Adam Sandler's movies were the sleepover films of my youth. And they changed the Hollywood landscape.
I remember renting Billy Madison as a kid and feeling like I was holding a bar of gold within that VHS cassette case. It was going to be 90 minutes of all-out hilarity. And afterward, I knew I could put on TBS and see Happy Gilmore playing back to back to back.
The 1990s were a wild time when comedy was booming.
Those comedy blockbusters were enforced by names like Eddie Murphy, Jim Carrey, Robin Williams, and Adam Sandler. Yes, the Sandman was probably one of the most successful comedians turned movies stars of the 90s, and he churned out certified hits.
Today, I want to talk about Adam Sandler and the comedy blockbuster.
Watch this video from Moviebob and let's talk after the jump!
How Adam Sandler Reinforced the Comedy Blockbuster
Comedies have always been seen as second class citizens in cinema history. They were the joke reels that played before the main event movies and even as they got their own features, they were never taken as seriously by the studios.
But like most things that make you laugh, that underdog mentality allowed them the freedom to do things differently. Movies like Airplane and Caddyshack certified that comedy could be a hit at the box office, even when given a bigger canvas.
The blockbuster mentality has transferred to comedy in the 80s. They could do an action-comedy. like Beverly Hills Cop, and make a lot of money. Or even a comedy horror movie, like Ghostbusters.
Both those franchises spawned sequels that were also hits.
In this time, a little show called Saturday Night Live was launching the careers of comedians in cinema. Eddie Murphy had taken that show and his tour and made himself into a huge draw at the box office.
But as the groundwork was laid in the 80s, no one saw the 90s blockbuster boom coming. But if they had, they would have bet on Adam Sandler.
Studios spend a lot of time trying to predict what the audience wanted, and how they could make movies that would appeal to the next trend, and not the trend that was currently happening.
Comedy had to learn that spectacle was okay but they were still unsure how urbane and topical humor, as well as blue humor, translated to the big screen. Enter Adam Sandler, the Saturday Night Live star who sang his way into audiences' hearts and knew how to tread a line between making us laugh at gross things and hitting us with something a little more poignant.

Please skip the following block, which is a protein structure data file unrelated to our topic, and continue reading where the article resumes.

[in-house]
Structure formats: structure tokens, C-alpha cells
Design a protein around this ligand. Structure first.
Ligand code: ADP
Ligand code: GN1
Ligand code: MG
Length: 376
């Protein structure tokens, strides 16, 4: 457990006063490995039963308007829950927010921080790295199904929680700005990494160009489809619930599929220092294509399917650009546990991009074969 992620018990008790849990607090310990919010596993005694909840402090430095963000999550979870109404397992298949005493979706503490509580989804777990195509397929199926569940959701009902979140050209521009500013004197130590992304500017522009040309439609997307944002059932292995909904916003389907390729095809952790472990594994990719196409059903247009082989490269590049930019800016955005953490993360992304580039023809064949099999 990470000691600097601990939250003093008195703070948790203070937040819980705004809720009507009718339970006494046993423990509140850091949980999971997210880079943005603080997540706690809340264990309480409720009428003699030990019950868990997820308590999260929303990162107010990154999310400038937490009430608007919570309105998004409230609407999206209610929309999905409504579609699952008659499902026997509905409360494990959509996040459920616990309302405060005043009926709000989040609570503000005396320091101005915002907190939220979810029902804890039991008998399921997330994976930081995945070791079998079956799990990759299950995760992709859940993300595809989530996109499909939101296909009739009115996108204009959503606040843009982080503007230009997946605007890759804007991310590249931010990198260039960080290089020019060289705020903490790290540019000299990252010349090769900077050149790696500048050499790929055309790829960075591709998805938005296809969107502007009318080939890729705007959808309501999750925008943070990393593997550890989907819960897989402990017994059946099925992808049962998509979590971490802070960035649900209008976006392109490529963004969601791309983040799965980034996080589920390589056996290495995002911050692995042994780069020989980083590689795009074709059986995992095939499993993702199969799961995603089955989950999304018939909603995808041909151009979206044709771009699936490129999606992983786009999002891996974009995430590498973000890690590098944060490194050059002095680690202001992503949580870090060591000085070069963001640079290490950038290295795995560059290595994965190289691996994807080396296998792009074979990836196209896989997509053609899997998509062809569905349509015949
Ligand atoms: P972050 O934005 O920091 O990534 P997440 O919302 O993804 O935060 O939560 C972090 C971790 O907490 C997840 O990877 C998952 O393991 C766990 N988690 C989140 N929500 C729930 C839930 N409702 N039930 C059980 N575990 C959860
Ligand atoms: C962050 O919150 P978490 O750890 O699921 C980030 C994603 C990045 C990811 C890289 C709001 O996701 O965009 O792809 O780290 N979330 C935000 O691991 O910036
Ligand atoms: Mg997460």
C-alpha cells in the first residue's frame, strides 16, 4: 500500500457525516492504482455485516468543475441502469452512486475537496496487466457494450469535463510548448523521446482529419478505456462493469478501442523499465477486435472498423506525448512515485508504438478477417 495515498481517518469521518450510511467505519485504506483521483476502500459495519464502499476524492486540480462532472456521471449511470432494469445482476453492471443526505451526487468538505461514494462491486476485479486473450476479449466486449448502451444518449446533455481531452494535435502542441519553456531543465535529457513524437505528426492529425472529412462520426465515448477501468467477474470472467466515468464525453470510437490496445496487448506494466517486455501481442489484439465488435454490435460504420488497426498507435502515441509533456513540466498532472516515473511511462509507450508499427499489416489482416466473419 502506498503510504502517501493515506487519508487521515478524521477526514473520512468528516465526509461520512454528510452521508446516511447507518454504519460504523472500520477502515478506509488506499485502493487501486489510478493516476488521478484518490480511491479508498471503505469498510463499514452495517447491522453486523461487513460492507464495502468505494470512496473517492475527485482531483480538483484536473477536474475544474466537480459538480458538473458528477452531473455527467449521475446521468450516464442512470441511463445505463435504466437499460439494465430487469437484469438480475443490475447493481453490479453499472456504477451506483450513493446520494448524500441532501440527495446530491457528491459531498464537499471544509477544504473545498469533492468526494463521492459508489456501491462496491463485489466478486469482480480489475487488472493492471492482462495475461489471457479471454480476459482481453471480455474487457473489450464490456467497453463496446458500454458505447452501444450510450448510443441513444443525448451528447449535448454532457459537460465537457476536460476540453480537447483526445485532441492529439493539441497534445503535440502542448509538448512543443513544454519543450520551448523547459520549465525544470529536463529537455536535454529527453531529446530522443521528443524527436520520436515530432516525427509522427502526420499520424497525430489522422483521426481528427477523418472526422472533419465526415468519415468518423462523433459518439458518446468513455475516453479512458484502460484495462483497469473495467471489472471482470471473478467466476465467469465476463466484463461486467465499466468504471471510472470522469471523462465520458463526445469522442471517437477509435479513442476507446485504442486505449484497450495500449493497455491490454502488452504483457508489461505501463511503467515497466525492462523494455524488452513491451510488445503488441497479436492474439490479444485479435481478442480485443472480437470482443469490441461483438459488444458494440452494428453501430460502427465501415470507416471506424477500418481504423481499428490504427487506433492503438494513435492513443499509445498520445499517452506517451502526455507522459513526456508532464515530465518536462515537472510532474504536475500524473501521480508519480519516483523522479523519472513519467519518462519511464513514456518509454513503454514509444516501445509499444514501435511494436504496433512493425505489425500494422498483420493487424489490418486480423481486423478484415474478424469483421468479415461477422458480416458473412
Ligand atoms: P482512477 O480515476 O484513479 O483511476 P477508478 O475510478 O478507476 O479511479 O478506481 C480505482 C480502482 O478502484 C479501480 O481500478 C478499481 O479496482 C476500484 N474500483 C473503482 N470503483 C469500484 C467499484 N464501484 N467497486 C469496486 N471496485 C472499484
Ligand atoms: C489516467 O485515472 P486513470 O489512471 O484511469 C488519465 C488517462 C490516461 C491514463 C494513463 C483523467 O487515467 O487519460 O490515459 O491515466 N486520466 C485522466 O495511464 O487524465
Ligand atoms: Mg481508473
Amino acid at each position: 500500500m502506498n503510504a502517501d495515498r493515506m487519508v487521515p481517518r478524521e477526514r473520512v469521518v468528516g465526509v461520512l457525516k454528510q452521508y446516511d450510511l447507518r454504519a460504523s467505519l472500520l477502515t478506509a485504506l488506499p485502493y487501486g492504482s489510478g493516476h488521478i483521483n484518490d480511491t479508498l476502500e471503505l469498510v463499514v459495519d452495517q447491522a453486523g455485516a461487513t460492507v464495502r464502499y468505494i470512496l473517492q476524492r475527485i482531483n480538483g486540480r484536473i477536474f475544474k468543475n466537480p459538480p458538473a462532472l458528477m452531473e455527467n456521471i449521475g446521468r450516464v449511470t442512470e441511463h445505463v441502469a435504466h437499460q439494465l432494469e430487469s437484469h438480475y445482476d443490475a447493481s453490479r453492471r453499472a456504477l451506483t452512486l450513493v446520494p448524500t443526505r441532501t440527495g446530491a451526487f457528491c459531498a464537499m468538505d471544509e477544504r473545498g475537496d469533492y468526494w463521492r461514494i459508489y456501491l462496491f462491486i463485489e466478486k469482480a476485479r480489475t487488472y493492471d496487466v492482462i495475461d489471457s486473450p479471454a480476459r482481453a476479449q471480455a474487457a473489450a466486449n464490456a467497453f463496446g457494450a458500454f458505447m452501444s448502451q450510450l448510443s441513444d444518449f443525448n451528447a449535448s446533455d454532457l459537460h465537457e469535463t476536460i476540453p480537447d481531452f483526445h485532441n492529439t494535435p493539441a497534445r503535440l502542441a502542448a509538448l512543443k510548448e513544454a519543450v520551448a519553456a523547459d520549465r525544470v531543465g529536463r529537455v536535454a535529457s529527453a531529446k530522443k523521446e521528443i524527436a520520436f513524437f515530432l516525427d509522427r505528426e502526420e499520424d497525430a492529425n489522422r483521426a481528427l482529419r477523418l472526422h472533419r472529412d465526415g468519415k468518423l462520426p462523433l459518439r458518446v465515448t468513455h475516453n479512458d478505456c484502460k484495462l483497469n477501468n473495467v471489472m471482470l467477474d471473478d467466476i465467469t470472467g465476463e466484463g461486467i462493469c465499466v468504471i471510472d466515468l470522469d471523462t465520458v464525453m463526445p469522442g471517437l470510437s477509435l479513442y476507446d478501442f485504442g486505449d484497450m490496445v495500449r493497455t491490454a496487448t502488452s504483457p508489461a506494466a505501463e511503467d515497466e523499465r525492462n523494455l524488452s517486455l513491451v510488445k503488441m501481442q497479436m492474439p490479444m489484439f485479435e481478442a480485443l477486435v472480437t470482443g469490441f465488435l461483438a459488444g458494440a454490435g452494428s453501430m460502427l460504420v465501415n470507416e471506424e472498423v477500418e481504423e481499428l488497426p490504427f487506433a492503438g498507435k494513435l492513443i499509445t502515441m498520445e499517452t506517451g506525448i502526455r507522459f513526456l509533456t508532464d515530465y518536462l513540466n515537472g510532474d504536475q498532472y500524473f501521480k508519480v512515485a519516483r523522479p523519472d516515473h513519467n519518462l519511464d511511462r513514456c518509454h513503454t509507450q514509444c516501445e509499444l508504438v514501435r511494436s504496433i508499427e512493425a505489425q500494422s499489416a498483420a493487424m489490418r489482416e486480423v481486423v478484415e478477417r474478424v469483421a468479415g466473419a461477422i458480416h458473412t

Aside from playing bit roles in movies and having a recurring character on The Cosby Show, Sandler became a star in the 90s by embracing his zany side. He was part of an ensemble in Airheads and really became a leading man in Billy Madison.
The guy most people were used to staying up late to watch was suddenly in the multiplexes.
Long before he was signing multi-movie deals with Netflix, Sandler was transforming the comedy blockbuster.
He did this by taking in other popular genres and doing them in his own voice. For movies like Happy Gilmore and The Waterboy, he leaned into the sports genre, but instead used his incredible character work to bolster tired tropes.
He was also able to straddle the typical romantic comedy, but again focusing more on the comedy. The Wedding Singer and even Big Daddy played on dramatic beats by giving real lessons to his over-the-top guys, grounding them in their humor and earnestness.
Even outlandish roles like Little Nicky let Sandler be Sandler, and built the narrative around his talents.
Sure, we were seeing similar things with Jim Carrey and Robin Williams at the time, but Sandler kept doing them. Those guys went and did dramas, Sandler would do that with Punch Drunk Love and come back immediately with Mr. Deeds and Eight Crazy Nights.
In fact, Sandler worked so consistently, you could say he paved the way for all the comedy genre mashups we enjoy today.
Look at the way modern movies use every genre and mash them around one or several comedians to try to get something new out of tropes. That's not something Sandler invented, but something he embraced and made codifiable (and profitable).
And he's still doing it today on Netflix. Tackling genres like spies, westerns, destination films, and making them into starring vehicles around his character work.
What are your favorite Sandler movies of the 90s and today? Let us know in the comments.